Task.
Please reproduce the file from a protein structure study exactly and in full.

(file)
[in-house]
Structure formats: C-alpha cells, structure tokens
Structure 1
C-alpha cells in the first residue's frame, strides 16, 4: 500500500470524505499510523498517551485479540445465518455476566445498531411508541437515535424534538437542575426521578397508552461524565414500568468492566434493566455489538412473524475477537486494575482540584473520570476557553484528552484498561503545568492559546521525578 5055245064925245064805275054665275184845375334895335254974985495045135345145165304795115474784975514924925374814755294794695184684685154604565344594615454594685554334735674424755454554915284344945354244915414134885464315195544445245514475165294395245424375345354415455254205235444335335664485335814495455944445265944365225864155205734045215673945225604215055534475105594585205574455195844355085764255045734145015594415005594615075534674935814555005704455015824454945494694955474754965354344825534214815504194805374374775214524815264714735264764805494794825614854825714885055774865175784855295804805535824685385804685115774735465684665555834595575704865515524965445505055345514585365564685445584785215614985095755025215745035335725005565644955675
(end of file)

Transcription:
[in-house]
Structure formats: C-alpha cells, structure tokens
Structure 1
C-alpha cells in the first residue's frame, strides 16, 4: 500500500470524505499510523498517551485479540445465518455476566445498531411508541437515535424534538437542575426521578397508552461524565414500568468492566434493566455489538412473524475477537486494575482540584473520570476557553484528552484498561503545568492559546521525578 5055245064925245064805275054665275184845375334895335254974985495045135345145165304795115474784975514924925374814755294794695184684685154604565344594615454594685554334735674424755454554915284344945354244915414134885464315195544445245514475165294395245424375345354415455254205235444335335664485335814495455944445265944365225864155205734045215673945225604215055534475105594585205574455195844355085764255045734145015594415005594615075534674935814555005704455015824454945494694955474754965354344825534214815504194805374374775214524815264714735264764805494794825614854825714885055774865175784855295804805535824685385804685115774735465684665555834595575704865515524965445505055345514585365564685445584785215614985095755025215745035335725005565644955675